-Ramsook C, Kozinetz CA, Moro-Sutherland D. Efficacy of ethyl chloride as a local anesthetic for venipuncture and intravenous cannula insertion in a pediatric emergency department. Pediatr Emerg Care. 2001;17:341-3.
-Reis EC, Jacobson RM, Tarbell S, Weniger BG. Taking the sting out of shots: control of vaccination-associated pain and adverse reactions. Pediatr Ann. 1998;27:375-86.
-Armstrong P, Young C, McKeown D. Ethyl chloride and venepuncture pain: a comparison with intradermal lidocaine. Can J Anaesth. 1990;37:656-8.
-Biro P, Meier T, Cummins AS. Comparison of topical anaesthesia methods for venous cannulation in adults. Eur J Pain. 1997;1:37-42.
-Costello M, Ramundo M, Christopher NC, Powell KR. Ethyl vinyl chloride vapocoolant spray fails to decrease pain associated with intravenous cannulation in children. Clin Pediatr (Phila). 2006;45:628-32.
-Davies EH, Molloy A. Comparison of ethyl chloride spray with topical anaesthetic in children experiencing venepuncture. Paediatr Nurs. 2006;18:39-43.
-Farion KJ, Splinter KL, Newhook K, Gaboury I, Splinter WM. The effect of vapocoolant spray on pain due to intravenous cannulation in children: a randomized controlled trial. CMAJ. 2008;179:31-6.
-Hartstein BH, Barry JD. Mitigation of pain during intravenous catheter placement using a topical skin coolant in the emergency department. Emerg Med J. 2008;25:257-61.
-Page DE, Taylor DM. Vapocoolant spray vs subcutaneous lidocaine injection for reducing the pain of intravenous cannulation: a randomized, controlled, clinical trial. Br J Anaesth. 2010;105:519-25.
-Patterson P, Hussa AA, Fedele KA, Vegh GL, Hackman CM. Comparison of 4 analgesic agents for venipuncture. AANA J. 2000;68:43-51.
-Sado DM, Deakin CD. Local anaesthesia for venous cannulation and arterial blood gas sampling: are doctors using it? J R Soc Med. 2005;98:158-60.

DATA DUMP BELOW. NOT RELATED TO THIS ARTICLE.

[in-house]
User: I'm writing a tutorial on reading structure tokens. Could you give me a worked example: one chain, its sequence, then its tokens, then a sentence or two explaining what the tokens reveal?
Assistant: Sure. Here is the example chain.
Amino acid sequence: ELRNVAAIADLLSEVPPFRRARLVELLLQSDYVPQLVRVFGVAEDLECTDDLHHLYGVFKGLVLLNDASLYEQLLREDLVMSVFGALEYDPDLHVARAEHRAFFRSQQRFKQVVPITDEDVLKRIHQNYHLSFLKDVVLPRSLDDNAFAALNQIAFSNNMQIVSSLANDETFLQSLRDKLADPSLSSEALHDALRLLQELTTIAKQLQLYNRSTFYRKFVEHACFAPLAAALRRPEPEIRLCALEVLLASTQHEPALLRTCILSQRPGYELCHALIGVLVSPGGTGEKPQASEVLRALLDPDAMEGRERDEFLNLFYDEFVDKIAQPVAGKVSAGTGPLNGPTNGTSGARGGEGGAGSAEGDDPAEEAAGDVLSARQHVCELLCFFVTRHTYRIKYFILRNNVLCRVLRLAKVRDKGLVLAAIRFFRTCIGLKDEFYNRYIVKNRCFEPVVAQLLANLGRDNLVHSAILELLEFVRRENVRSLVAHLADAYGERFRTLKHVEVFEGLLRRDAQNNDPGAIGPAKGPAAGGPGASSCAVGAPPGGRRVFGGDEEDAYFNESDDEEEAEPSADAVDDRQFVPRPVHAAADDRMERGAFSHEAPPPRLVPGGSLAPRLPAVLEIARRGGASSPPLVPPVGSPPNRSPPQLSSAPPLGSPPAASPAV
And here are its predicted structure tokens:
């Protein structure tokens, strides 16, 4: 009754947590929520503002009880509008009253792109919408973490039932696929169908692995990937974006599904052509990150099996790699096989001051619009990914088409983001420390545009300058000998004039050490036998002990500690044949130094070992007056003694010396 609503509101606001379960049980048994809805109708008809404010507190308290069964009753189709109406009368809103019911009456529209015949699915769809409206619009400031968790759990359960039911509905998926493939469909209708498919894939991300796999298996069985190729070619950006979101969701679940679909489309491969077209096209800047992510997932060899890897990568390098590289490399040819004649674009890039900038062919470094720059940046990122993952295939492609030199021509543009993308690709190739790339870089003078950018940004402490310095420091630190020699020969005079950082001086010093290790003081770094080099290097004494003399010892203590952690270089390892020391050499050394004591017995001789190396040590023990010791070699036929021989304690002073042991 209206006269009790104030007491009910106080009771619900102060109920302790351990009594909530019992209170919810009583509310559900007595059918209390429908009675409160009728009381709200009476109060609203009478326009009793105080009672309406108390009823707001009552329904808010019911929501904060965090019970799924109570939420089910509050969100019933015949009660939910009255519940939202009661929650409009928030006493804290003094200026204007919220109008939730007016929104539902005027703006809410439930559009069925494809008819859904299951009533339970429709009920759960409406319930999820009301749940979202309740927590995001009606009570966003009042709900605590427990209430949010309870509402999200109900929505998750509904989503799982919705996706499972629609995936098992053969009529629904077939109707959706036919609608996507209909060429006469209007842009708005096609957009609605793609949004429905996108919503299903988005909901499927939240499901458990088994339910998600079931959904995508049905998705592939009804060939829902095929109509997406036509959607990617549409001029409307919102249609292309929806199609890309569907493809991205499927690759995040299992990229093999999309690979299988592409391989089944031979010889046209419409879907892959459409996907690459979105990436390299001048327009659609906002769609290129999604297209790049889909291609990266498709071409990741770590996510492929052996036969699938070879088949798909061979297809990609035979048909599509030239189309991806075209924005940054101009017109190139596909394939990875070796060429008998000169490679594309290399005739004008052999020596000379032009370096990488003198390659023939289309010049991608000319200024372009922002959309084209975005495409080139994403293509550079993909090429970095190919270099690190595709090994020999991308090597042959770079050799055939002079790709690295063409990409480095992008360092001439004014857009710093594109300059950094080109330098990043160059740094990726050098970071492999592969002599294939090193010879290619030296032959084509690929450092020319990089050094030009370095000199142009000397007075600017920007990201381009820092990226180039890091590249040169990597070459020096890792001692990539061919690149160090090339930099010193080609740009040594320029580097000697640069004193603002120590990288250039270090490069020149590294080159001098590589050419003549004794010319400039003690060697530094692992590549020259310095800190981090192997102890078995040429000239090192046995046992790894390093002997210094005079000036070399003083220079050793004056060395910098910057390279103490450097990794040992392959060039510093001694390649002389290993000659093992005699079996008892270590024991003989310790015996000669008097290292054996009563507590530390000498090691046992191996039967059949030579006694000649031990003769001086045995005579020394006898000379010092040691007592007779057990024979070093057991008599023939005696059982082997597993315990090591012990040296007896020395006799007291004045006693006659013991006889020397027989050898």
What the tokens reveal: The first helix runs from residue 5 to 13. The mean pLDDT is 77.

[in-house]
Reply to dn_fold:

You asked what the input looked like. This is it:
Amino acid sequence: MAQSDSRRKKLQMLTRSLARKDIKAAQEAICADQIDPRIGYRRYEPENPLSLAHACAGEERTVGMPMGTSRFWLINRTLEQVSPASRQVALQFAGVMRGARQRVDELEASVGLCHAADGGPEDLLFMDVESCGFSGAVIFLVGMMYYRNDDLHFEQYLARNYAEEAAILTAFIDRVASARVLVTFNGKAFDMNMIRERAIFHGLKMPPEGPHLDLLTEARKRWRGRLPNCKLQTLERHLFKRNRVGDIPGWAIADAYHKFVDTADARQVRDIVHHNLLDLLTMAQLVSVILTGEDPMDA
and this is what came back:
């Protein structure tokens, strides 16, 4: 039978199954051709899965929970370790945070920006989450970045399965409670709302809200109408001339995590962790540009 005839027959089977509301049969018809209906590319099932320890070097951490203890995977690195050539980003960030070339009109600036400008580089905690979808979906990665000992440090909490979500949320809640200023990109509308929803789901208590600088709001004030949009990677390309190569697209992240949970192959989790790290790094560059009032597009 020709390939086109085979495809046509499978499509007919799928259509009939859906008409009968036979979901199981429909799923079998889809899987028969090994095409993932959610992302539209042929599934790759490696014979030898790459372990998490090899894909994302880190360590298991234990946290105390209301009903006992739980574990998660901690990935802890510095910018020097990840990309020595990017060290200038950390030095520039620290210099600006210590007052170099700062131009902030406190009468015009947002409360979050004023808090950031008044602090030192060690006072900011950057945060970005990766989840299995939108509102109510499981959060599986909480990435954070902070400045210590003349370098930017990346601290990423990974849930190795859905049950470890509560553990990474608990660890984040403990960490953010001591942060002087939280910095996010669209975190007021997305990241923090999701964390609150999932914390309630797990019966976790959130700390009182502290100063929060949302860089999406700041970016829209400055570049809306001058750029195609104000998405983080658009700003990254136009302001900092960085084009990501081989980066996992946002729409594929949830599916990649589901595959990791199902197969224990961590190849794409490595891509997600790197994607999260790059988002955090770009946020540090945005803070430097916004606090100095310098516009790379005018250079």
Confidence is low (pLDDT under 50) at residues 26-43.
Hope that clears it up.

-Hajiseyedjavady H, Saeedi M, Eslami V, Shahsavarinia K, Farahmand S. Less painful arterial blood gas sampling using jet injection of 2% lidocaine: a randomized controlled clinical trial. Am J Emerg Med. 2012;30:1100-4.
-Valdovinos NC, Reddin C, Bernard C, Shafer B, Tanabe P. The use of topical anesthesia during intravenous catheter insertion in adults: a comparison of pain scores using LMX-4 versus placebo. J Emerg Nurs. 2009;35:299-304.
-Aaron SD, Vandemheen KL, Naftel SA, Lewis MJ, Rodger MA. Topical tetracaine prior to arterial puncture: a randomized, placebo-controlled clinical trial. Respir Med. 2003;97:1195-9.
-Tran NQ, Pretto JJ, Worsnop CJ. A randomized controlled trial of the effectiveness of topical amethocaine in reducing pain during arterial puncture. Chest. 2002;122:1357-60.
-Giner J, Casan P, Belda J, Litvan H, Sanchis J. [Use of the anesthetic cream EMLA in arterial punction]. Rev Esp Anestesiol Reanim. 2000;47:63-6.
-Celik G, Ozbek O, Yilmaz M, Duman I, Ozbek S, Apiliogullari S. Vapocoolant spray vs lidocaine/prilocaine cream for reducing the pain of venipuncture in hemodialysis patients: a randomized, placebo-controlled, crossover study. Int J Med Sci. 2011;8:623-7.
This work is licensed under a Creative Commons Attribution-NonCommercial 4.0 International License.